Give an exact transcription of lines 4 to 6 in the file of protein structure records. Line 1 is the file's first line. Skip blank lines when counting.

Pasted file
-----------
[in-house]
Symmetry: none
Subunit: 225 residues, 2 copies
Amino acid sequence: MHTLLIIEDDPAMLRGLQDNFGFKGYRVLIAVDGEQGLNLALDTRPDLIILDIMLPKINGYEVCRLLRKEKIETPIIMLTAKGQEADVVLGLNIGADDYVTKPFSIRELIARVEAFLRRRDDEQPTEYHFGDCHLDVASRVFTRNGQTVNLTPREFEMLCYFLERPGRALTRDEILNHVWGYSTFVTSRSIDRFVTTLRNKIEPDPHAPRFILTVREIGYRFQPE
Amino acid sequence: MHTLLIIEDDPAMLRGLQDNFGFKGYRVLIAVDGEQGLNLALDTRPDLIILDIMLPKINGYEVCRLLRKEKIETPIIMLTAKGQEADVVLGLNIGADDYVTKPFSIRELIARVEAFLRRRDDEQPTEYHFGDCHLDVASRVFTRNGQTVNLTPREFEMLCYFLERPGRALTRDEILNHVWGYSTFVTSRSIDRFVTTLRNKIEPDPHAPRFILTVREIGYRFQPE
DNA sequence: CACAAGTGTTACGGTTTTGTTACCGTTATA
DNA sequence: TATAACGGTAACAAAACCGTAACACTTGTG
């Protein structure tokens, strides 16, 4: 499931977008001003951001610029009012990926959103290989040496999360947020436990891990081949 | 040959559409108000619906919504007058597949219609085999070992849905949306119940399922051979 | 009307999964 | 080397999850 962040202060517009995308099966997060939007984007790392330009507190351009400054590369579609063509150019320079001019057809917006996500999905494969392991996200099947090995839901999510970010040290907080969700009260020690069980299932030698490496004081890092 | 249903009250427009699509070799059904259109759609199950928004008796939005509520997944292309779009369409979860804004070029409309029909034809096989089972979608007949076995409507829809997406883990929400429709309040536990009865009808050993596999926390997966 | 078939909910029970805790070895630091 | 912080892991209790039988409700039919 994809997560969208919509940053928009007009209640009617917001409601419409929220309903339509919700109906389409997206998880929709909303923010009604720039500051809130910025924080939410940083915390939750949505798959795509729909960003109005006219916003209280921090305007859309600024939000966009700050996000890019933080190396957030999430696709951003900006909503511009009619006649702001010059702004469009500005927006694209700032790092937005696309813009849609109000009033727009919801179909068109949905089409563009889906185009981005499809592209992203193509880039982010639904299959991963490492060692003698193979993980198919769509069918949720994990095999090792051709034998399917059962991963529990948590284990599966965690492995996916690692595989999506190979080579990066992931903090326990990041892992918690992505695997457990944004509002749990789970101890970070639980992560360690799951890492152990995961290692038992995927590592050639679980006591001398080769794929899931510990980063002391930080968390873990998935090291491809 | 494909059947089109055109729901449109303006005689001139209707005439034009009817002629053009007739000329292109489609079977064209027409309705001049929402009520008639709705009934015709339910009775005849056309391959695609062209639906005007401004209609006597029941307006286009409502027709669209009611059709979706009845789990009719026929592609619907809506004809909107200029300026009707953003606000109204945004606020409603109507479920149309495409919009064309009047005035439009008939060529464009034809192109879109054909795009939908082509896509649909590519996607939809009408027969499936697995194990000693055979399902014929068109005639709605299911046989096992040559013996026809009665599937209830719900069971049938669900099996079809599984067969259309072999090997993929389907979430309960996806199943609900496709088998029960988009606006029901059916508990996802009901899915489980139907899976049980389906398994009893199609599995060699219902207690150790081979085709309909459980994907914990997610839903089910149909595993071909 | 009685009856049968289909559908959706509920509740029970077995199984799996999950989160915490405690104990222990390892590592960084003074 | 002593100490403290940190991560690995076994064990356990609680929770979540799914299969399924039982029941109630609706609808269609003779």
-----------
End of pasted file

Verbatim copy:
Amino acid sequence: MHTLLIIEDDPAMLRGLQDNFGFKGYRVLIAVDGEQGLNLALDTRPDLIILDIMLPKINGYEVCRLLRKEKIETPIIMLTAKGQEADVVLGLNIGADDYVTKPFSIRELIARVEAFLRRRDDEQPTEYHFGDCHLDVASRVFTRNGQTVNLTPREFEMLCYFLERPGRALTRDEILNHVWGYSTFVTSRSIDRFVTTLRNKIEPDPHAPRFILTVREIGYRFQPE
Amino acid sequence: MHTLLIIEDDPAMLRGLQDNFGFKGYRVLIAVDGEQGLNLALDTRPDLIILDIMLPKINGYEVCRLLRKEKIETPIIMLTAKGQEADVVLGLNIGADDYVTKPFSIRELIARVEAFLRRRDDEQPTEYHFGDCHLDVASRVFTRNGQTVNLTPREFEMLCYFLERPGRALTRDEILNHVWGYSTFVTSRSIDRFVTTLRNKIEPDPHAPRFILTVREIGYRFQPE
DNA sequence: CACAAGTGTTACGGTTTTGTTACCGTTATA